The Pattern of Growth in Indonesia after the Economic Crisis 1997/1998 : Does the Primary Sector Still Need to Support Economic Growth?
This paper aims to examine the pattern of growth in Indonesia, especially after the economic crisis 1997/1998. Indonesia suffered a catastrophic economic crisis from the year 1997 until 1999 and the economy improved from the year 2000 even though it was still dependant on the non-economic fundamental factor. This paper represents the progress of each of the main sectors in the economy, such as primary, secondary, and tertiary sectors, from the year 2001 until 2007, particularly focusing on its role to support economic growth. The primary sector, which consists mostly of agriculture and mining, is always excluded by policy makers because of its decreasing contribution to the Gross Domestic Product (GDP). The interesting phenomenon that we can learn from this paper is the two-way correlation, which happens between primary sector growth and GDP growth, it also happens to the secondary sector. On the other hand, tertiary sector growth has only one-way correlation with GDP growth.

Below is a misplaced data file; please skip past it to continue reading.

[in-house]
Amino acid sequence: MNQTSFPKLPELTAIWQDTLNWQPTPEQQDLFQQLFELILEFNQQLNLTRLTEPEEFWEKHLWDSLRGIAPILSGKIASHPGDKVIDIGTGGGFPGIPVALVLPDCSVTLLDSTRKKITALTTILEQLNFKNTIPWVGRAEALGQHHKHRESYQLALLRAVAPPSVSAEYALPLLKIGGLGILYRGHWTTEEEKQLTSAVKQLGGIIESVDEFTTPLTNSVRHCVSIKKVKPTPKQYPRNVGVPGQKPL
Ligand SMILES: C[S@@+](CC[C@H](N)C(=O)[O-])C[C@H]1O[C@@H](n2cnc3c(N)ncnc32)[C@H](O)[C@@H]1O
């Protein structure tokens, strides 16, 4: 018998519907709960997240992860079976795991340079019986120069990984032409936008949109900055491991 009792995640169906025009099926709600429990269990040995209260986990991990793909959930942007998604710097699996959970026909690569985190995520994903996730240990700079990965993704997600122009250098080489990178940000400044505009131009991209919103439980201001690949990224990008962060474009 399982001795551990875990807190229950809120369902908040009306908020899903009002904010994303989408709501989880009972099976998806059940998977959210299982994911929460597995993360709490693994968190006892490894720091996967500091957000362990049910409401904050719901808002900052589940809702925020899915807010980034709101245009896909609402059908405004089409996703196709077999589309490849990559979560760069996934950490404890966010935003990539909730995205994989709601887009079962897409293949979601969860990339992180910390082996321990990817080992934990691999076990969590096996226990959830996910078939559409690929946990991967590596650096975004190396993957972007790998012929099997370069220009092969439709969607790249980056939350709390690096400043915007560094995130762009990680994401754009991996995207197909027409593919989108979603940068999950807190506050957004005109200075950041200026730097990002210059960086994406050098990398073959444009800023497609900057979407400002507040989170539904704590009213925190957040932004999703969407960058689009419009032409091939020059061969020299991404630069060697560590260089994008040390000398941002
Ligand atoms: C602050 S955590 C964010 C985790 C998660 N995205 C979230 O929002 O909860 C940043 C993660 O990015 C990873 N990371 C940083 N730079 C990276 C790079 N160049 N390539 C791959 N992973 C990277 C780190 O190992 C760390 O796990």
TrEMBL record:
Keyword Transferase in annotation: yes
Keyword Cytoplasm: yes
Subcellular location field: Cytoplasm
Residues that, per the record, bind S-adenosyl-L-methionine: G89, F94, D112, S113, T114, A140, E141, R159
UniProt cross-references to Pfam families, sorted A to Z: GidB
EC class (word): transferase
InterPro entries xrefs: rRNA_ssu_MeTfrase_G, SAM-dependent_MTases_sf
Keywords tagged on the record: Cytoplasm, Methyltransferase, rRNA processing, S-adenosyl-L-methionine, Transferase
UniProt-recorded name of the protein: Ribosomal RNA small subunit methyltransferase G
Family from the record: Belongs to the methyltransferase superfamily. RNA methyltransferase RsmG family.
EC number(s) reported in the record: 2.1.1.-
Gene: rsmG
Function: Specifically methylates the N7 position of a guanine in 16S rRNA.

|Date of creation:||Jan 2008|
|Date of revision:|
|Contact details of provider:|| Postal: |
Web page: http://www.eaber.org
More information through EDIRC
When requesting a correction, please mention this item's handle: RePEc:eab:develo:22895. See general information about how to correct material in RePEc.
For technical questions regarding this item, or to correct its authors, title, abstract, bibliographic or download information, contact: (Shiro Armstrong)
If references are entirely missing, you can add them using this form.